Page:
2) Obi-Wan, You Jerk:

Now this one isn't so much about story so much as it is about character. Now personally, if I had come to the end of a 20-plus year friendship that ended so ugly, and I truly felt that my companion's pain of being multi-amputated, burned from top-to-bottom, I'd at least end his pain by decapitating him. Just leaving Anakin's burnt, writhing carcass laying on a hill is a bit of a cold move on Obi-Wan's part. Again, I guess I'd rather that Anakin had fallen into an unreachable crevasse where Obi-Wan could not see him. This would allow Obi-Wan to deliver his "you were the chosen one!" lines as more of a soliloqy, never knowing of Anakin's anguished state before leaving to get Padme."I raised you like a son. We grew together as practically brothers. And now you turn against all that is good in the galaxy, until soon this happens. Shit. That looks painful. Later!"

3) Losing The Will To Live (!?):

Again. I'm almost certain I'm not the first person to have suggested this, but the incredible negligence to allow the medical droid to utter the line " We are losing her...She's lost the will to live." is so beyond frustrating that it begs to be reconsidered and reshot. When in only a few minutes before, Padme had expressed her shock and dismay at the revelations that her beloved Anakin had become a traitor & mass murderer. To which his perturbed response was only to pull a "force choke" on her briefly while exclaiming that Obi-Wan had turned her against him only to release it seconds later. The ensuing damage,while potentially traumatizing in no way constitutes anything life-threatening.

-And this is where an idea germinated within me...(combined with what we recalled in Return Of The Jedi, when Luke asks Leia about her memories of mother-To which she replies that she remembers her vaguely. Recollections of a person, beautiful and kind, but sad...)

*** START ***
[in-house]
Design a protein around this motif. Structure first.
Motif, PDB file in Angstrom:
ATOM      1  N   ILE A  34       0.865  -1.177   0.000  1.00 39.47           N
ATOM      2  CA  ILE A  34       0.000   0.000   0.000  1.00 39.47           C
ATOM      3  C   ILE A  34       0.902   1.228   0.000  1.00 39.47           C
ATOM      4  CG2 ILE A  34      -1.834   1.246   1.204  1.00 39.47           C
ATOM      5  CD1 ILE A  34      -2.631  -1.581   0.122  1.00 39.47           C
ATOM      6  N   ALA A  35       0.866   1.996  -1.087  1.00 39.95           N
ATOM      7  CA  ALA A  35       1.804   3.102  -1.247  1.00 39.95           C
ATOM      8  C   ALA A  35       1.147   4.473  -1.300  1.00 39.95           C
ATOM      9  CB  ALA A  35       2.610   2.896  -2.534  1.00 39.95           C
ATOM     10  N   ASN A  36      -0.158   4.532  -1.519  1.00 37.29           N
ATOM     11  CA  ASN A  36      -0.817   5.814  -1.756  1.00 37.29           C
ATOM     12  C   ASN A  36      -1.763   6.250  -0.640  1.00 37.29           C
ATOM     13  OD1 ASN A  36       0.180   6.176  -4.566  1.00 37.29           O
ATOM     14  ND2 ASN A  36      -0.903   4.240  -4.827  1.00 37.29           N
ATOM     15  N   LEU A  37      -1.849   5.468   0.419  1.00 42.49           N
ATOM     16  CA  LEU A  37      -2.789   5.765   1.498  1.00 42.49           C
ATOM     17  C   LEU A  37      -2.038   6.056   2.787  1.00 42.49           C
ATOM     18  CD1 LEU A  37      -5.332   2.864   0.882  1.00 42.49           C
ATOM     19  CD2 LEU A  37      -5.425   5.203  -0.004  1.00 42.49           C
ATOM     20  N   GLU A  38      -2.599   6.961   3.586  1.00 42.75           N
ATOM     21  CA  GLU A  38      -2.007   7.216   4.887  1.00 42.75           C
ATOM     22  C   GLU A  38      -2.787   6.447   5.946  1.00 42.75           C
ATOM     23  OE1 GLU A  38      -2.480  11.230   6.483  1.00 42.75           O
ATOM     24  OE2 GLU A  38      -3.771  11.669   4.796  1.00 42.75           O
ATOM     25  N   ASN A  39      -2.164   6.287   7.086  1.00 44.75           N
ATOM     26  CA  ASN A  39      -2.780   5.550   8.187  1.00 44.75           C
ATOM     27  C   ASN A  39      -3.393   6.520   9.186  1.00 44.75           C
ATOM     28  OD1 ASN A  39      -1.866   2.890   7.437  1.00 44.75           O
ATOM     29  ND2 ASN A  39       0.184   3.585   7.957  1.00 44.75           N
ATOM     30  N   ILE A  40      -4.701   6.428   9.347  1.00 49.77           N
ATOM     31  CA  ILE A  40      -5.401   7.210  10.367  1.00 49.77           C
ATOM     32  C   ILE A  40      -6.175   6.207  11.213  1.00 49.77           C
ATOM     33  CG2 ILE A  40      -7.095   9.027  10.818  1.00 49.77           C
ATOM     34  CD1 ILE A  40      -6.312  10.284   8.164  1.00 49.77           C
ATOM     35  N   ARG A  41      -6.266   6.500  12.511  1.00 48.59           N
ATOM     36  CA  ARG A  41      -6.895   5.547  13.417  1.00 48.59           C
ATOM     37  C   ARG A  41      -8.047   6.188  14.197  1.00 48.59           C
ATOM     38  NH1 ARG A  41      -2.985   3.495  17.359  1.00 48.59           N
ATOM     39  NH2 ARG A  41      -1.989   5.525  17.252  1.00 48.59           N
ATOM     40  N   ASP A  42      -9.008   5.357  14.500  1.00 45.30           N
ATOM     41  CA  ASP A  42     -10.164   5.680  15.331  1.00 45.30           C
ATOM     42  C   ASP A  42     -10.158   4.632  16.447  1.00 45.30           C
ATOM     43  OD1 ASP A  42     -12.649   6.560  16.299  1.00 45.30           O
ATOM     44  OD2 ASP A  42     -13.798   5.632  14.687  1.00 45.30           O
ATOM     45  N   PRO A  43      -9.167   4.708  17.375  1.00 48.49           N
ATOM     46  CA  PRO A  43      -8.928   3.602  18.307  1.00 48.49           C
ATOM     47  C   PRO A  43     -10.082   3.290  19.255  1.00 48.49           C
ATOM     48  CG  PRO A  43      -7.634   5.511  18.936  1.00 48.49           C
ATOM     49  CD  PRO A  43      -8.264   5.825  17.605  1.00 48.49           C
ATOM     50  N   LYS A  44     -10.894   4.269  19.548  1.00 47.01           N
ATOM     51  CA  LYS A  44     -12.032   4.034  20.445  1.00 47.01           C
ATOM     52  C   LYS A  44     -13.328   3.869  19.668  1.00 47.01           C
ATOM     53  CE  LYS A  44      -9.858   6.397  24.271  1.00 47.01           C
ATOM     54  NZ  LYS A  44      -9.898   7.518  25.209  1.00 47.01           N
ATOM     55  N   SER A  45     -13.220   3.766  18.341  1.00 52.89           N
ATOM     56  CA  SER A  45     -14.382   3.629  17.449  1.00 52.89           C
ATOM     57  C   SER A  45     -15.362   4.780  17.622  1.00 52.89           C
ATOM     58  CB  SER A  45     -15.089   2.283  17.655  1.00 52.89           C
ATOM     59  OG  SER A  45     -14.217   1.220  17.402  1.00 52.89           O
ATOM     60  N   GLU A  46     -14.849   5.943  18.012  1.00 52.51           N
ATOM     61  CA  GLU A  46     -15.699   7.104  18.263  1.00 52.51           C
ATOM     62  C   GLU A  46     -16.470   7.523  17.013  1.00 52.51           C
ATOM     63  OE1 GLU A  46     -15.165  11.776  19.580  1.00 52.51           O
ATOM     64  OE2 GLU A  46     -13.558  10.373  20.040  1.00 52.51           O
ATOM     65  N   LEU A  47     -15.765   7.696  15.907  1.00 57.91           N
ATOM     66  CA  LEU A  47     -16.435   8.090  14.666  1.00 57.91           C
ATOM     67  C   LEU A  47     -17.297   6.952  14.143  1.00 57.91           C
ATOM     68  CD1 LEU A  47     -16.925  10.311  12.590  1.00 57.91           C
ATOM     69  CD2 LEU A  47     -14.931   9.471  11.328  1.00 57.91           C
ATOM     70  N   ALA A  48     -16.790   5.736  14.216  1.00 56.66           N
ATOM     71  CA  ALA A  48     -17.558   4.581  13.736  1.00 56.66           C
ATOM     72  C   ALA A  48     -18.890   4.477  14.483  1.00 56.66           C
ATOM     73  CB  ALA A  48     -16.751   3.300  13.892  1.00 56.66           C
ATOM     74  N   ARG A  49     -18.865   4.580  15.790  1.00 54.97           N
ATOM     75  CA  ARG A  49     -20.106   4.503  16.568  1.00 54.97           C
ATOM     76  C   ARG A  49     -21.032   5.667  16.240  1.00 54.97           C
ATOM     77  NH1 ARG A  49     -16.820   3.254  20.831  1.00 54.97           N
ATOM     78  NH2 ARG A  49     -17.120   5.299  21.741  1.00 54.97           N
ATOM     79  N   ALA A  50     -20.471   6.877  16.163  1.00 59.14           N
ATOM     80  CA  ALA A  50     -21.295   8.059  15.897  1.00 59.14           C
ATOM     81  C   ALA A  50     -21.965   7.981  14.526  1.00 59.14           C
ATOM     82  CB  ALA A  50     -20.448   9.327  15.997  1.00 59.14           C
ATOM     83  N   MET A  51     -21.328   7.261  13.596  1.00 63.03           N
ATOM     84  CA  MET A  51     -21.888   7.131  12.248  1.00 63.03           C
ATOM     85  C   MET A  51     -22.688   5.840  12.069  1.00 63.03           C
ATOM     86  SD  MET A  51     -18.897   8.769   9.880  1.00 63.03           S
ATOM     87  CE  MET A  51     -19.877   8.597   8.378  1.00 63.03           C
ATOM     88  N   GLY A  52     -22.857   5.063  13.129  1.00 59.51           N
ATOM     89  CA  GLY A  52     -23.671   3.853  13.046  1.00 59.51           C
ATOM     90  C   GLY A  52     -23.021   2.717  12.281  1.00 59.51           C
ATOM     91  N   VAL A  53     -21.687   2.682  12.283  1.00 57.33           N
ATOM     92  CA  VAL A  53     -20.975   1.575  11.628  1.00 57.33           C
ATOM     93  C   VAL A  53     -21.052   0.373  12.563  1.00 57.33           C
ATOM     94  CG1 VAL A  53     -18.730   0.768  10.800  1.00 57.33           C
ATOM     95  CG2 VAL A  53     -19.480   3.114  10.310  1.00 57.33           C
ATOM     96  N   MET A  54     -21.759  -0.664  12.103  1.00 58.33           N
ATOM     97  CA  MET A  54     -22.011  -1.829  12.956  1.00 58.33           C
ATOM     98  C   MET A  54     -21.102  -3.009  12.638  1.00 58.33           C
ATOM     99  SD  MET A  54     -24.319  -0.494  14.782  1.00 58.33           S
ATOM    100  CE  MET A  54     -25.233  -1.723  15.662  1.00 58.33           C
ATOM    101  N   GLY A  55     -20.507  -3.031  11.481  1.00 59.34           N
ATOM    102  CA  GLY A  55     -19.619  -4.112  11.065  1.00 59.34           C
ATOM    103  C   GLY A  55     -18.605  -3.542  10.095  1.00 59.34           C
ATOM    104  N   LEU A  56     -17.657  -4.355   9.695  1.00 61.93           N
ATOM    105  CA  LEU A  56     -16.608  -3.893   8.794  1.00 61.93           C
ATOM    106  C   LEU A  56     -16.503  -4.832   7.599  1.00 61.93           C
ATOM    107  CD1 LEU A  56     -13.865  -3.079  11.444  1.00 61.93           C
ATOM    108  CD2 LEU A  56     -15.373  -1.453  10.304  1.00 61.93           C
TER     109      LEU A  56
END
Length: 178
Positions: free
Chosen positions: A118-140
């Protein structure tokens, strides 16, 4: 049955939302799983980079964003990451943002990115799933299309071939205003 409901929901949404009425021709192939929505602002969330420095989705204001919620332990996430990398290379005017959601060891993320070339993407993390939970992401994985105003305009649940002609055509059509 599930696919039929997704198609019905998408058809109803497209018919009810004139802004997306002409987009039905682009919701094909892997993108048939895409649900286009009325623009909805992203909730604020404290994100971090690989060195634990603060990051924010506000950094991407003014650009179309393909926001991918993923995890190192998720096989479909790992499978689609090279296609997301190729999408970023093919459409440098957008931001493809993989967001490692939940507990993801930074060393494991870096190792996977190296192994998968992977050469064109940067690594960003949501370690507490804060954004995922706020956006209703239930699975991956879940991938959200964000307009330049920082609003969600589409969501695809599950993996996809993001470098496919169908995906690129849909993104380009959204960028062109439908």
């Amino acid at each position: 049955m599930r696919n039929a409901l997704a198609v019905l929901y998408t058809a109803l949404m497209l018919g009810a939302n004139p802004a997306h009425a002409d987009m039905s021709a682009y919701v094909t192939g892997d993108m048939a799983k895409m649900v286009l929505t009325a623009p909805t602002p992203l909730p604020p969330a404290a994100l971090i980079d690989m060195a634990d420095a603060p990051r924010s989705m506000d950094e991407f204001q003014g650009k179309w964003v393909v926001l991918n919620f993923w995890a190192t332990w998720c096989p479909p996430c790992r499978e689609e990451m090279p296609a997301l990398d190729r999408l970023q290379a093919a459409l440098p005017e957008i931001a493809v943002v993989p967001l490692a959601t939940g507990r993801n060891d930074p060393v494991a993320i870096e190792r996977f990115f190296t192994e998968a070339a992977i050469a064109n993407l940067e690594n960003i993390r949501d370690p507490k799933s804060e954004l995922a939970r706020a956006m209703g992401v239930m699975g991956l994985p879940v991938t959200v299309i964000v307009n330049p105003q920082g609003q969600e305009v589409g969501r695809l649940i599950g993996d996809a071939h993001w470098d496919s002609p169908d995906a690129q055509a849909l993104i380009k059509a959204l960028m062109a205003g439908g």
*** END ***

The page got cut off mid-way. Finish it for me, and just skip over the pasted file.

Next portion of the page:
Now...this is where a big suggestion falls into place that at least to me seems more in keeping with continuity, and could have thrown viewers into some interesting territory.

What if Padme's mental state deteriorated after the birth of the twins instead of merely dying? To see her fall into an inescapable chasm of despair seems to be a much more potent means of ending her arc than merely killing her. In fact, this coupled with Emperor Palpatine still informing a newly born Darth Vader that he had "killed her", seems to be a much more believeable, and tragic outcome for the doomed couple. Following this with perhaps dialogueless montages of Bail Organa & his wife raising Leia, leading to a delicate moment with the young princess peering into a near closed door only to see a dementia-riddled, broken elder Padme looking out of a sunlit window before being led away by one of many royal nannies, or a governess. The idea that she died a thousand deaths to a broken heart over time seems a lot more in keeping with the tone of a fantasy saga. It's just a mental image I still see to this day, and perhaps still apply to the Star Wars prequel in my mind. I've always loved the fairy tale's ability to plumb human depths with familiar imagery, and Padme Amidala's fall seems to make more storybook sense in this manner as opposed to merely dropping dead.